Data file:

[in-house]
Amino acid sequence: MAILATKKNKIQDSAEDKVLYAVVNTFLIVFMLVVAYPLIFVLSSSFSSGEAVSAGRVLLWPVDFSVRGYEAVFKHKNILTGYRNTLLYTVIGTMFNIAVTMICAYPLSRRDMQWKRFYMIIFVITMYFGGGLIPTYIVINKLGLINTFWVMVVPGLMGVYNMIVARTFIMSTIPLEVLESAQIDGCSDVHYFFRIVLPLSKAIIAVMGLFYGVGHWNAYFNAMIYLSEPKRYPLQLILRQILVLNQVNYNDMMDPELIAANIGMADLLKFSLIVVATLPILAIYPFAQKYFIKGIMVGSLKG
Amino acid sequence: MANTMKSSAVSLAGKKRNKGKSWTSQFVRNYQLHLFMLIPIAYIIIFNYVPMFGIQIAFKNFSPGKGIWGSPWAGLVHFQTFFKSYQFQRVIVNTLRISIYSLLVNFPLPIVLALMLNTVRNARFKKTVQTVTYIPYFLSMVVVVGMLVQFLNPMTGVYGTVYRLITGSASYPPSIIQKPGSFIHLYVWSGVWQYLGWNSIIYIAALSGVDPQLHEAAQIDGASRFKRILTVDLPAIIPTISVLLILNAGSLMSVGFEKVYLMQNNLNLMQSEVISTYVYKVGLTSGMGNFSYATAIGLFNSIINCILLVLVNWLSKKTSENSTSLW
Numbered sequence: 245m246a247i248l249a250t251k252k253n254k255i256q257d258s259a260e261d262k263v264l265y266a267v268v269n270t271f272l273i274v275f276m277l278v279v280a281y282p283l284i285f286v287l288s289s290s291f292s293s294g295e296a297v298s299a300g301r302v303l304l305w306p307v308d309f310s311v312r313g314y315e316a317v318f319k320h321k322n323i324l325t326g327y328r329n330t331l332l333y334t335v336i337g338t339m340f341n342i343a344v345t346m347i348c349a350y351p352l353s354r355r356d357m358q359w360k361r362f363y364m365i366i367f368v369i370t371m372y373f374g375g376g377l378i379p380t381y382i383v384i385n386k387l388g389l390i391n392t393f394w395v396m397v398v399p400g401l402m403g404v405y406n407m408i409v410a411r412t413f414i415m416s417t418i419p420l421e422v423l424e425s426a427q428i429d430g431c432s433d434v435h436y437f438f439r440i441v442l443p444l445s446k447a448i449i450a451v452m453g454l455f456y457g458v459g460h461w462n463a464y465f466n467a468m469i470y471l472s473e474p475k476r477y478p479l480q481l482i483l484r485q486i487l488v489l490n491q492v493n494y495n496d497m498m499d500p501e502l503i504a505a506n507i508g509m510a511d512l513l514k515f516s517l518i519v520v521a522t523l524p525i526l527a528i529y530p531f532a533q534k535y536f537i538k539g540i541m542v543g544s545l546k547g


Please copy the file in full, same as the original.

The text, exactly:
[in-house]
Amino acid sequence: MAILATKKNKIQDSAEDKVLYAVVNTFLIVFMLVVAYPLIFVLSSSFSSGEAVSAGRVLLWPVDFSVRGYEAVFKHKNILTGYRNTLLYTVIGTMFNIAVTMICAYPLSRRDMQWKRFYMIIFVITMYFGGGLIPTYIVINKLGLINTFWVMVVPGLMGVYNMIVARTFIMSTIPLEVLESAQIDGCSDVHYFFRIVLPLSKAIIAVMGLFYGVGHWNAYFNAMIYLSEPKRYPLQLILRQILVLNQVNYNDMMDPELIAANIGMADLLKFSLIVVATLPILAIYPFAQKYFIKGIMVGSLKG
Amino acid sequence: MANTMKSSAVSLAGKKRNKGKSWTSQFVRNYQLHLFMLIPIAYIIIFNYVPMFGIQIAFKNFSPGKGIWGSPWAGLVHFQTFFKSYQFQRVIVNTLRISIYSLLVNFPLPIVLALMLNTVRNARFKKTVQTVTYIPYFLSMVVVVGMLVQFLNPMTGVYGTVYRLITGSASYPPSIIQKPGSFIHLYVWSGVWQYLGWNSIIYIAALSGVDPQLHEAAQIDGASRFKRILTVDLPAIIPTISVLLILNAGSLMSVGFEKVYLMQNNLNLMQSEVISTYVYKVGLTSGMGNFSYATAIGLFNSIINCILLVLVNWLSKKTSENSTSLW
Numbered sequence: 245m246a247i248l249a250t251k252k253n254k255i256q257d258s259a260e261d262k263v264l265y266a267v268v269n270t271f272l273i274v275f276m277l278v279v280a281y282p283l284i285f286v287l288s289s290s291f292s293s294g295e296a297v298s299a300g301r302v303l304l305w306p307v308d309f310s311v312r313g314y315e316a317v318f319k320h321k322n323i324l325t326g327y328r329n330t331l332l333y334t335v336i337g338t339m340f341n342i343a344v345t346m347i348c349a350y351p352l353s354r355r356d357m358q359w360k361r362f363y364m365i366i367f368v369i370t371m372y373f374g375g376g377l378i379p380t381y382i383v384i385n386k387l388g389l390i391n392t393f394w395v396m397v398v399p400g401l402m403g404v405y406n407m408i409v410a411r412t413f414i415m416s417t418i419p420l421e422v423l424e425s426a427q428i429d430g431c432s433d434v435h436y437f438f439r440i441v442l443p444l445s446k447a448i449i450a451v452m453g454l455f456y457g458v459g460h461w462n463a464y465f466n467a468m469i470y471l472s473e474p475k476r477y478p479l480q481l482i483l484r485q486i487l488v489l490n491q492v493n494y495n496d497m498m499d500p501e502l503i504a505a506n507i508g509m510a511d512l513l514k515f516s517l518i519v520v521a522t523l524p525i526l527a528i529y530p531f532a533q534k535y536f537i538k539g540i541m542v543g544s545l546k547g